The video of this traffic stop[1] shows that Trooper Nicholas followed this practice during his interactions with Mr. Ahumada. It shows Trooper Nicholas take two steps away from the passenger window of Mr. Ahumada's car, back in the direction of the Trooper's patrol car. The video then shows Trooper Nicholas change directions and return to the passenger-side window of Mr. Ahumada's car where, the video also shows, he reengaged the defendant in conversation. Trooper Nicholas was forthcoming about the reasons for his feint back toward the patrol car: It is designed to mark the end of the original traffic stop and begin a new and separate consensual session with the driver.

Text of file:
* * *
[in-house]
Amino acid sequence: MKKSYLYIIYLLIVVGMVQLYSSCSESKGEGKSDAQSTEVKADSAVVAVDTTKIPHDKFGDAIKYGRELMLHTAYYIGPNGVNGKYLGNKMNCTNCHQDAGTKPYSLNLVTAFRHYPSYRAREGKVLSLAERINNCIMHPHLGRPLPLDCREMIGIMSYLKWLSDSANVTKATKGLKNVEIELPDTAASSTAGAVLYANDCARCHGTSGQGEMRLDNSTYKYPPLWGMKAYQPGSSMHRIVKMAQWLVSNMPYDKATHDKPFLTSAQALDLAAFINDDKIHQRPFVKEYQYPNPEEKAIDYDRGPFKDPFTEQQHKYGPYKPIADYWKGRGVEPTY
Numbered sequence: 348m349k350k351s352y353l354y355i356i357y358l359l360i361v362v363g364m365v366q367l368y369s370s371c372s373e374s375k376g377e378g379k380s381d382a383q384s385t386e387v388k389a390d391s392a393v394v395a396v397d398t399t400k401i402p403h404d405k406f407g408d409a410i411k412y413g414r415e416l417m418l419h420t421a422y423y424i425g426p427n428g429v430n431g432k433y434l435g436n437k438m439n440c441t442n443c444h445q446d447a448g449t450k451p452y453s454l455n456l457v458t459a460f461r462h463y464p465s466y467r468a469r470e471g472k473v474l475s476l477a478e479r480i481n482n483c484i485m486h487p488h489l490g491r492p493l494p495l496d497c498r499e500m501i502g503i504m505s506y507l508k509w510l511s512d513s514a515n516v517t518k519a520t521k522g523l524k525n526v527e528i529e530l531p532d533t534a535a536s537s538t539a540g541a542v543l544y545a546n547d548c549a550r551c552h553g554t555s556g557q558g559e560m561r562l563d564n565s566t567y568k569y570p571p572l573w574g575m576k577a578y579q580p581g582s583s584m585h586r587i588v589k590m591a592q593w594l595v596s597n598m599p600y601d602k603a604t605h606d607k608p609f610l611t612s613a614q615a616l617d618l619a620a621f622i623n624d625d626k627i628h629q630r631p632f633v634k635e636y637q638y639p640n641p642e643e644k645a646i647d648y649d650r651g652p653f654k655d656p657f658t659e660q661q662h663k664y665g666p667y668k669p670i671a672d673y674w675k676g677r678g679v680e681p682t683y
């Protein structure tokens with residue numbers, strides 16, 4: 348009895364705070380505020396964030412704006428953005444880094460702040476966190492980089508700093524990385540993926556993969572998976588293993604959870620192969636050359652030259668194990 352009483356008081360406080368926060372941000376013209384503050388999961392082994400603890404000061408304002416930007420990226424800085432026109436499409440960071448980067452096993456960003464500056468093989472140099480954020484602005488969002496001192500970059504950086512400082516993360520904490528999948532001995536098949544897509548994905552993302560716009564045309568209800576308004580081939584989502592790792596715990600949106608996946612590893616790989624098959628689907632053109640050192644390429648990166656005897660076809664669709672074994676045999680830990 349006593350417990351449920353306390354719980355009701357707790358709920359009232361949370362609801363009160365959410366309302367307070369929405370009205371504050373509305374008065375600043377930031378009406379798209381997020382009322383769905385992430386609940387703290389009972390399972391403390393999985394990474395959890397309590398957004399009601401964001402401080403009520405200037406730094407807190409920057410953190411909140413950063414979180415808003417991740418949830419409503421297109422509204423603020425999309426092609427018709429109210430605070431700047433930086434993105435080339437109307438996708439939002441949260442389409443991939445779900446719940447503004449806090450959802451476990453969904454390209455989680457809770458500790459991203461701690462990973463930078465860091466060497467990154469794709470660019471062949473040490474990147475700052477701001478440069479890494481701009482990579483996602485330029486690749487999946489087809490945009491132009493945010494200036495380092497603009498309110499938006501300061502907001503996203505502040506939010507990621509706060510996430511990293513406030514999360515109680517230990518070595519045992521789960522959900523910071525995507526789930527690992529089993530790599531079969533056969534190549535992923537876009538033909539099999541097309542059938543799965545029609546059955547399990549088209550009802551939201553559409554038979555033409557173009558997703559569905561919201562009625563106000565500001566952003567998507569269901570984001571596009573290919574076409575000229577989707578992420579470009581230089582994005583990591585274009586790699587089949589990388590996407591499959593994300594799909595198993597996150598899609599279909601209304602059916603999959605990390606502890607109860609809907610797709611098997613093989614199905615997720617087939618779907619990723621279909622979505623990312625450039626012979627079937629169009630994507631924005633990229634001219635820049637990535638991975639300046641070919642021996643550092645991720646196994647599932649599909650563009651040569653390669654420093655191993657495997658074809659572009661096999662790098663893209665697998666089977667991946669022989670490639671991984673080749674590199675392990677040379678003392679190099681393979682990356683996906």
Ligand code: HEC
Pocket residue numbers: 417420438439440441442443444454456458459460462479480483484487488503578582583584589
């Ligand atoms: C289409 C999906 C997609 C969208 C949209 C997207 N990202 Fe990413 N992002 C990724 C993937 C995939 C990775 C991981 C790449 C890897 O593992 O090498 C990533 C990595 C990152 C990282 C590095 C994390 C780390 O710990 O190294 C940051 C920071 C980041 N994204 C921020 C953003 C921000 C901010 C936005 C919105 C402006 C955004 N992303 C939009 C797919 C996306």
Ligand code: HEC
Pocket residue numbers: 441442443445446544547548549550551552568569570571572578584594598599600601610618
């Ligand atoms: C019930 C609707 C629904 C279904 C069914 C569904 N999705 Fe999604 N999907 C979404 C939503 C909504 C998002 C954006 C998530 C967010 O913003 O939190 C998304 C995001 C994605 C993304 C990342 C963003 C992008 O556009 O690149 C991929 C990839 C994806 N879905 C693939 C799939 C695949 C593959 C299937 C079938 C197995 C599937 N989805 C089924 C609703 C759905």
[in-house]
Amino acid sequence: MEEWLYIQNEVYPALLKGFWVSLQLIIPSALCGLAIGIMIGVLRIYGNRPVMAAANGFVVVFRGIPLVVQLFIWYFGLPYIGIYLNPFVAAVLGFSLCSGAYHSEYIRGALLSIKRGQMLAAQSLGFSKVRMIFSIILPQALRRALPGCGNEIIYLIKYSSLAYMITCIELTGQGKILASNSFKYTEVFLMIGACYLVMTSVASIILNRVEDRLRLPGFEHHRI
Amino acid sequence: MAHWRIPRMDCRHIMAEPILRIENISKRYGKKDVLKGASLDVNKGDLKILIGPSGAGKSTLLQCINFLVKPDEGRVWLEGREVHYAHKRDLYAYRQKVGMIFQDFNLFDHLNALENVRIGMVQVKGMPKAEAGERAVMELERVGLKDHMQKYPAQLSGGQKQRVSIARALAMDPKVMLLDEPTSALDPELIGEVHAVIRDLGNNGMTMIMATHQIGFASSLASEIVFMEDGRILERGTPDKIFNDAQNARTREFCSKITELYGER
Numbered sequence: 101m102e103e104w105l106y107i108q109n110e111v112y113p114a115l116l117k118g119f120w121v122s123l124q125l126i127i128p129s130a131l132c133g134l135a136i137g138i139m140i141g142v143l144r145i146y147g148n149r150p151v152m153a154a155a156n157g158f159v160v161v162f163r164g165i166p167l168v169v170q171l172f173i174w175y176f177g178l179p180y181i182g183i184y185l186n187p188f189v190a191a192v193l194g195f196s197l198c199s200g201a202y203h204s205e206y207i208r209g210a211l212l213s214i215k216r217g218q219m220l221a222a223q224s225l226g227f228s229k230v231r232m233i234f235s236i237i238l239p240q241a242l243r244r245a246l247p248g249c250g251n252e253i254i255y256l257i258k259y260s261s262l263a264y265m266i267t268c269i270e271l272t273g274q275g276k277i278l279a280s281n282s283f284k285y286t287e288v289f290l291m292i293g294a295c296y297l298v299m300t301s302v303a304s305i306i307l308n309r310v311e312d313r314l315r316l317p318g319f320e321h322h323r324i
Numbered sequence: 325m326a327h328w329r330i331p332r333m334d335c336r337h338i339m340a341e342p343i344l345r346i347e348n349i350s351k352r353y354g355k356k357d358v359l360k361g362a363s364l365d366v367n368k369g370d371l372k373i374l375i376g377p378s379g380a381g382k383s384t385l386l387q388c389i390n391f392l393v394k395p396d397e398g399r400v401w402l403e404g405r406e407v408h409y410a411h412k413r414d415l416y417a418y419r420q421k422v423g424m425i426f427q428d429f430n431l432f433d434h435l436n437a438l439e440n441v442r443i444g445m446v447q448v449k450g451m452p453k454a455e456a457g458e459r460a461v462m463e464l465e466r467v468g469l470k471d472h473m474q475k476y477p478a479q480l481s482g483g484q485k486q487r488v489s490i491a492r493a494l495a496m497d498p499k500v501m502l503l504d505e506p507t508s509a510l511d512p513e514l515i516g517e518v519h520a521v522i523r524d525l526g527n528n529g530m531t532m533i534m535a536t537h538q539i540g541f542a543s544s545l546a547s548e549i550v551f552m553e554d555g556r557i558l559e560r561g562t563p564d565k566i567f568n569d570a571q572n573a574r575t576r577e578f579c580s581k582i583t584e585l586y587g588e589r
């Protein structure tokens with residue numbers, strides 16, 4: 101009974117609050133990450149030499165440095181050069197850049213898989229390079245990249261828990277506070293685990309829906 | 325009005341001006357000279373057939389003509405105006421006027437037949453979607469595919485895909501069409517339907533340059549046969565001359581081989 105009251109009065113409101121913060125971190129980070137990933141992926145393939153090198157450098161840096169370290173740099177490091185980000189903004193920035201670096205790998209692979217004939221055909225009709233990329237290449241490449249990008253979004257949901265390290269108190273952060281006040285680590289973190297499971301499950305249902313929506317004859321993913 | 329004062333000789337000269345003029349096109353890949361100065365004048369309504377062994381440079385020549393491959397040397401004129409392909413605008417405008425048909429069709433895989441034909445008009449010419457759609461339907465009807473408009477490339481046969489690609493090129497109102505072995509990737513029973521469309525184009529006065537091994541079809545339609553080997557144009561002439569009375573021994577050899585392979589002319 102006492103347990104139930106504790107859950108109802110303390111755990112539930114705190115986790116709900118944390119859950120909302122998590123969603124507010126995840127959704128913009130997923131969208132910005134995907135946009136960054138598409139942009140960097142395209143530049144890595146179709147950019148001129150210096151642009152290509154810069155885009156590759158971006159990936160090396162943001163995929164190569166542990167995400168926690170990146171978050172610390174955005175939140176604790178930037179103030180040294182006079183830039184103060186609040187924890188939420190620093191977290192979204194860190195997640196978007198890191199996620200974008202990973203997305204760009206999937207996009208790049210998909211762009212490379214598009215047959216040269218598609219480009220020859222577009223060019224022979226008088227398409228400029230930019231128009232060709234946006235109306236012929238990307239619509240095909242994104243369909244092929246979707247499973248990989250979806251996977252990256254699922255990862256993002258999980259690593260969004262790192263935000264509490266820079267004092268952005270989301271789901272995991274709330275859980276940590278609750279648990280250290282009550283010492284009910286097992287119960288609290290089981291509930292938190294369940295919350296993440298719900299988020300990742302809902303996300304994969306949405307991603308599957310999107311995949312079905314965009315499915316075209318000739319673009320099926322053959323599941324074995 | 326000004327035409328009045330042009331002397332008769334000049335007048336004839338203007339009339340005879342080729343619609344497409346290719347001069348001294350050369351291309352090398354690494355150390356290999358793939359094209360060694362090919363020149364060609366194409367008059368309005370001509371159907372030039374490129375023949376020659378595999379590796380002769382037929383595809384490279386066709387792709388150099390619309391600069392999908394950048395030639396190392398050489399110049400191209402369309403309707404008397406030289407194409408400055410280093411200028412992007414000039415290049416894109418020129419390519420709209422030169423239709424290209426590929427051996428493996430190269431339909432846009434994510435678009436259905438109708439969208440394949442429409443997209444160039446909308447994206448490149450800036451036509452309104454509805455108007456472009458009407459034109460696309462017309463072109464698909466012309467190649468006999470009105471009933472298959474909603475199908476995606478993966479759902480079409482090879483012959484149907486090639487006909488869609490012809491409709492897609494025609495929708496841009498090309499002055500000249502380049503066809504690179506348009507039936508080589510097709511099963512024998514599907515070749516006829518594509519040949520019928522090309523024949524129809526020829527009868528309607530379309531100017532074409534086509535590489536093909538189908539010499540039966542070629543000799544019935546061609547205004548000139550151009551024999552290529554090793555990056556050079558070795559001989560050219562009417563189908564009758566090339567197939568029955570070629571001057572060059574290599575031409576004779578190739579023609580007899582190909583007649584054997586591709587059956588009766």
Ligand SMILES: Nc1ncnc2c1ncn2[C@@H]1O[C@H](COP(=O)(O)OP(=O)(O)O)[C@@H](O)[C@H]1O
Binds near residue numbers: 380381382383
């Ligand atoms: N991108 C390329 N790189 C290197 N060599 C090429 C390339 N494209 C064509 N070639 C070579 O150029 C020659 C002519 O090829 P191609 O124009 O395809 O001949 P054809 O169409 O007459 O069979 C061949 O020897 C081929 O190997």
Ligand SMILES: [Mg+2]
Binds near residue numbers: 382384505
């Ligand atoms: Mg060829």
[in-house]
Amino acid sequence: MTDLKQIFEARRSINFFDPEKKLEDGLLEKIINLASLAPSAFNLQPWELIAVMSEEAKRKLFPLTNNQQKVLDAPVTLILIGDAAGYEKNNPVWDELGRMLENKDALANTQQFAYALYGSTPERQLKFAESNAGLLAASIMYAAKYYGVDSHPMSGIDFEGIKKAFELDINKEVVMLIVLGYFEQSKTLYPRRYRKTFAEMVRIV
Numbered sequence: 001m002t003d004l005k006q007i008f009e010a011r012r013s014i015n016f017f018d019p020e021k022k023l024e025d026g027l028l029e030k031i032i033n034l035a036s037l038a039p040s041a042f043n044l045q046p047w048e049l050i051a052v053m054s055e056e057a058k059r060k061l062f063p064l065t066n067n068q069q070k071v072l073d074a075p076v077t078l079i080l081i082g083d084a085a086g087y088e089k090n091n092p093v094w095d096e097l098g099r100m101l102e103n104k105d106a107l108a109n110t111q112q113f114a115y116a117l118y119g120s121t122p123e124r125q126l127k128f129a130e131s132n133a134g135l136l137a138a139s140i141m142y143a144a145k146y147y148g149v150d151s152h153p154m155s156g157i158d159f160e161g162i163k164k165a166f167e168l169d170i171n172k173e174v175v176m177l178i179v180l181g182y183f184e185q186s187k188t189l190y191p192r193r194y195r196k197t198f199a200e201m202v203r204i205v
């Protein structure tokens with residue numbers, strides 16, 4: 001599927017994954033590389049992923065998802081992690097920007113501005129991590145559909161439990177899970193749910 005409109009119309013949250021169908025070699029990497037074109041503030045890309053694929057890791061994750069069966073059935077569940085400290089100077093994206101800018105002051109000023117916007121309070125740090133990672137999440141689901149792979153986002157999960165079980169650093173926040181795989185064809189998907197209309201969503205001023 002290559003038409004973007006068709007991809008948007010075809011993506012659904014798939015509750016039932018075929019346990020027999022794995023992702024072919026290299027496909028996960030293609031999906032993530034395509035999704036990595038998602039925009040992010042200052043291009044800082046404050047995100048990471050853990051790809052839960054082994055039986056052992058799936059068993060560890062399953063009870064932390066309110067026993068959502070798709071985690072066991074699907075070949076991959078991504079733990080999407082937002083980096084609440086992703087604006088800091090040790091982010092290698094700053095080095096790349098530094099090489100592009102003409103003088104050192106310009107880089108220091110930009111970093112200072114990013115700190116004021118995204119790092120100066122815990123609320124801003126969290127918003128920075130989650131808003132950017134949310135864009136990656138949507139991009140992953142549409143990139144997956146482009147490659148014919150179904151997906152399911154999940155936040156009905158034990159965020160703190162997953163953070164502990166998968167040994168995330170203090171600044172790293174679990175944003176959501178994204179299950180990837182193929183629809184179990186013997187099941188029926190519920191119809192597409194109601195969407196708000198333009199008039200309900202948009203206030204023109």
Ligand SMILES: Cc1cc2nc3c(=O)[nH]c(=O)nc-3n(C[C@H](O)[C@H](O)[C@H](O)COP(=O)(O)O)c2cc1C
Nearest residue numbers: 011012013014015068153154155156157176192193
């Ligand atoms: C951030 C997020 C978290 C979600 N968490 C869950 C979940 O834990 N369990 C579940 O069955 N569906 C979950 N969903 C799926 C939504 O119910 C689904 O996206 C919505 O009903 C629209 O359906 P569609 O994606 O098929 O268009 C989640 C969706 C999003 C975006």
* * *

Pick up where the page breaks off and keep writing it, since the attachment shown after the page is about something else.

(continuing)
After reengaging Mr. Ahumada through the passenger-side window, the Trooper testified that he asked Mr. Ahumada whether he could ask him an additional question. Mr. Ahumada responded, "Yes." When the Trooper asked this question, no other law enforcement officers were present, Trooper Nicholas did not have his hand on his weapon, he was not using his "command voice, " and he did nothing to suggest that Mr. Ahumada must remain there and talk with him. But Trooper Nicholas concedes he did not tell Mr. Ahumada that he had the right to refuse the Trooper's request to ask another question or, later, his request to search his car. Among other questions he asked during this second stage of his interaction with Mr. Ahumada, the Trooper asked whether there was anything illegal in the car. Mr. Ahumada replied that there was not. The Trooper also asked Mr. Ahumada if he could search the car. Both Trooper Nicholas and Mr. Ahumada agree: Mr. Ahumada consented to the Trooper searching his car. As a safety precaution, the Trooper asked Mr. Ahumada to turn off the car and hand him the keys. He did so. Mr. Ahumada then stepped out of the car, the Trooper checked Mr. Ahumada for weapons, and then asked him to go stand in front of his sedan.